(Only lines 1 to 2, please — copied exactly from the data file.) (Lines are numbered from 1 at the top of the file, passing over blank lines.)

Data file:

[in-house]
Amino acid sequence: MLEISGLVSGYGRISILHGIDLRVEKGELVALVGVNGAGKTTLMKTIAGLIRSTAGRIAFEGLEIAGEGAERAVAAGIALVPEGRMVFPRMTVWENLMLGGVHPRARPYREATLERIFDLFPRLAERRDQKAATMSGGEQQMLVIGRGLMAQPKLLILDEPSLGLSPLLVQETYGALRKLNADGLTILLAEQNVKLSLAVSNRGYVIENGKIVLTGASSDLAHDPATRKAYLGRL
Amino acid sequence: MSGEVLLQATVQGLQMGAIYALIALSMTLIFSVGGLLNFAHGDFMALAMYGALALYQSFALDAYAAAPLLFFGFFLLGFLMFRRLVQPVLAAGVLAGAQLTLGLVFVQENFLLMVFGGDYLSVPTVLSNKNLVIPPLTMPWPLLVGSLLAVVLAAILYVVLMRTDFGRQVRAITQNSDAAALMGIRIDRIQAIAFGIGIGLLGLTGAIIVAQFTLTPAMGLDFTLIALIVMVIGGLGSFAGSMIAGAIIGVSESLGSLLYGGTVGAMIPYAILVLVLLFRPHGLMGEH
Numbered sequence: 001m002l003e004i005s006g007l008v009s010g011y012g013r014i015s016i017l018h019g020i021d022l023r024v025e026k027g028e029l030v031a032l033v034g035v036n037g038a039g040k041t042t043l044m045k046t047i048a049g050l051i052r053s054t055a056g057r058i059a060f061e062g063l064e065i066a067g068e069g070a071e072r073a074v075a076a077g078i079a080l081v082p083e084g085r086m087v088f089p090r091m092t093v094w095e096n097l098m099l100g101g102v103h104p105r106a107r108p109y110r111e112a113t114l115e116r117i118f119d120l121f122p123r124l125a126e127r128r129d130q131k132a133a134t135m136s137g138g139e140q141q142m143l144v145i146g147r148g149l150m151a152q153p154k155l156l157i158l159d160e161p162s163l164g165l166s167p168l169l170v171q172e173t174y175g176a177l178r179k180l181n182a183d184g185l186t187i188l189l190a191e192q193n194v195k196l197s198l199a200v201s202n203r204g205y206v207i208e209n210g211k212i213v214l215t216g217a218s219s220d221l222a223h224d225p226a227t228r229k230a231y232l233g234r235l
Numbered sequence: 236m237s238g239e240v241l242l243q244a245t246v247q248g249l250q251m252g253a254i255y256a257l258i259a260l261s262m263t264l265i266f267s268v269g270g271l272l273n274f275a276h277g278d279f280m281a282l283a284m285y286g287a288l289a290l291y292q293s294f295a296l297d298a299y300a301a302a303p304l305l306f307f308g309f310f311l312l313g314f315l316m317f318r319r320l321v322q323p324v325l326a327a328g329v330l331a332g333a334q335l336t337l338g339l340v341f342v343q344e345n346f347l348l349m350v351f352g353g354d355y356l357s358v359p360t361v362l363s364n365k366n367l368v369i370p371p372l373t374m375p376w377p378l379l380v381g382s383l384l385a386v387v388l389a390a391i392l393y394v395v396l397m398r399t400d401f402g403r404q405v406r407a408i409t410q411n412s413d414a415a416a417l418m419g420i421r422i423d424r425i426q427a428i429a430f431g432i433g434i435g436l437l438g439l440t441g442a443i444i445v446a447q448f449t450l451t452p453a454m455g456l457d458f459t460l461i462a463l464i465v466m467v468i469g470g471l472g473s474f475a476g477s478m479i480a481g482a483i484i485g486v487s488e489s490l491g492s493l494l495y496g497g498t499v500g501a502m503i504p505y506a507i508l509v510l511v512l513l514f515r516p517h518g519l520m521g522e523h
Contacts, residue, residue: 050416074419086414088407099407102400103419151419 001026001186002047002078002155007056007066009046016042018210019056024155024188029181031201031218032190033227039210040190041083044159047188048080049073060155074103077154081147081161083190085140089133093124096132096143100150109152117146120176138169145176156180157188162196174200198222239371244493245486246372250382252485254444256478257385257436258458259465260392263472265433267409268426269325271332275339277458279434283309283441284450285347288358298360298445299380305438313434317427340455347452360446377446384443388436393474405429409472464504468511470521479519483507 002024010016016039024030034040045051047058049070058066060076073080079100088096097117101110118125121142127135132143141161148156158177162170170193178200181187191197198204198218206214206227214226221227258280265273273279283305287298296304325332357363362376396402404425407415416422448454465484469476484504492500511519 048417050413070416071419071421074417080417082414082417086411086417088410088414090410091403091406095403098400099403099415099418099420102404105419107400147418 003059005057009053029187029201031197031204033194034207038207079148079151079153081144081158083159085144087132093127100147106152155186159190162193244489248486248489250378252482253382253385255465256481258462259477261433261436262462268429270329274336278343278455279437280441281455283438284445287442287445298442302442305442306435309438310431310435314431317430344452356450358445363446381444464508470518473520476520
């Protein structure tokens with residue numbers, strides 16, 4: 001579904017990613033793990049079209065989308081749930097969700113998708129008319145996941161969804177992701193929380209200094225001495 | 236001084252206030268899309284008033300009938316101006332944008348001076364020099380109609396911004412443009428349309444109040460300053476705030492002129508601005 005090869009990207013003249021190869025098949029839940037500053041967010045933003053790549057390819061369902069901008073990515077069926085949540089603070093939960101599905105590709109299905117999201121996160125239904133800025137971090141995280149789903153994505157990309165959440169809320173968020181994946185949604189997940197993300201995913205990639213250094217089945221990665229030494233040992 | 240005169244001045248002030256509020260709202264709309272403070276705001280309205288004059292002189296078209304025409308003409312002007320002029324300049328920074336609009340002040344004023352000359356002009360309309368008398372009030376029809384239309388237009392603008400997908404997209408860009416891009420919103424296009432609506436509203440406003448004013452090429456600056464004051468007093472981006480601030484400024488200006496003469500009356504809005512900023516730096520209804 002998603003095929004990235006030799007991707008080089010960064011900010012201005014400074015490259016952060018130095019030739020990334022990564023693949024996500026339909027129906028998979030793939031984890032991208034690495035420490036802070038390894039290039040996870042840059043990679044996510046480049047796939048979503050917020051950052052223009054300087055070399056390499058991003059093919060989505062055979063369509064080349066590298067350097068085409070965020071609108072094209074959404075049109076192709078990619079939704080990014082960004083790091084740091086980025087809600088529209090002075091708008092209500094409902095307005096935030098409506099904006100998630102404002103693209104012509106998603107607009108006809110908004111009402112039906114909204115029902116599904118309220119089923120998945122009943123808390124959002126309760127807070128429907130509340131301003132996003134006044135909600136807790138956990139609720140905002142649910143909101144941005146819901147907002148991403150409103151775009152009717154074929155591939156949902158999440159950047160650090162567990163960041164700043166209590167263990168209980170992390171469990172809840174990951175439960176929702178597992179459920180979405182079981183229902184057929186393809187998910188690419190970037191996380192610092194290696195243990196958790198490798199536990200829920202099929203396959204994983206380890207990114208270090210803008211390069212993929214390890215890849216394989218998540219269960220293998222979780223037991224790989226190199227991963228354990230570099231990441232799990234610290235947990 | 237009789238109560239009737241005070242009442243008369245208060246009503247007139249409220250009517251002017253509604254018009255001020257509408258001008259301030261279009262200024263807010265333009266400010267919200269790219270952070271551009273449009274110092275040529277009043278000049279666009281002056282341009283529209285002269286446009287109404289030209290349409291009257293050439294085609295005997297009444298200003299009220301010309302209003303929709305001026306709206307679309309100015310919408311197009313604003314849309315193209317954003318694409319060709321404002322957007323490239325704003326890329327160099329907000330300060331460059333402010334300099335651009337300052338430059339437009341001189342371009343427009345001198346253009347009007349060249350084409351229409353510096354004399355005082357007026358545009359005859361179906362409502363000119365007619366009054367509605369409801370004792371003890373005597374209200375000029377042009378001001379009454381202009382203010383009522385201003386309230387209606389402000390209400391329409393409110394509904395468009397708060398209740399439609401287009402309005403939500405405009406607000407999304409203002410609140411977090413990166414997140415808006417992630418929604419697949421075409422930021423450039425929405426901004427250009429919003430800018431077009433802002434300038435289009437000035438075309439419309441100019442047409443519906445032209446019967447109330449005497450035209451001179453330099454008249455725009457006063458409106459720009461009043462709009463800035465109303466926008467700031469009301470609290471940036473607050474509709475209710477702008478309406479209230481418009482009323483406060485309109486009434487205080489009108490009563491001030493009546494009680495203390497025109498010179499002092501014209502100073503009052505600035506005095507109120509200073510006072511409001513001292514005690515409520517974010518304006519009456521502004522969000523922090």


[in-house]
Amino acid sequence: MLEISGLVSGYGRISILHGIDLRVEKGELVALVGVNGAGKTTLMKTIAGLIRSTAGRIAFEGLEIAGEGAERAVAAGIALVPEGRMVFPRMTVWENLMLGGVHPRARPYREATLERIFDLFPRLAERRDQKAATMSGGEQQMLVIGRGLMAQPKLLILDEPSLGLSPLLVQETYGALRKLNADGLTILLAEQNVKLSLAVSNRGYVIENGKIVLTGASSDLAHDPATRKAYLGRL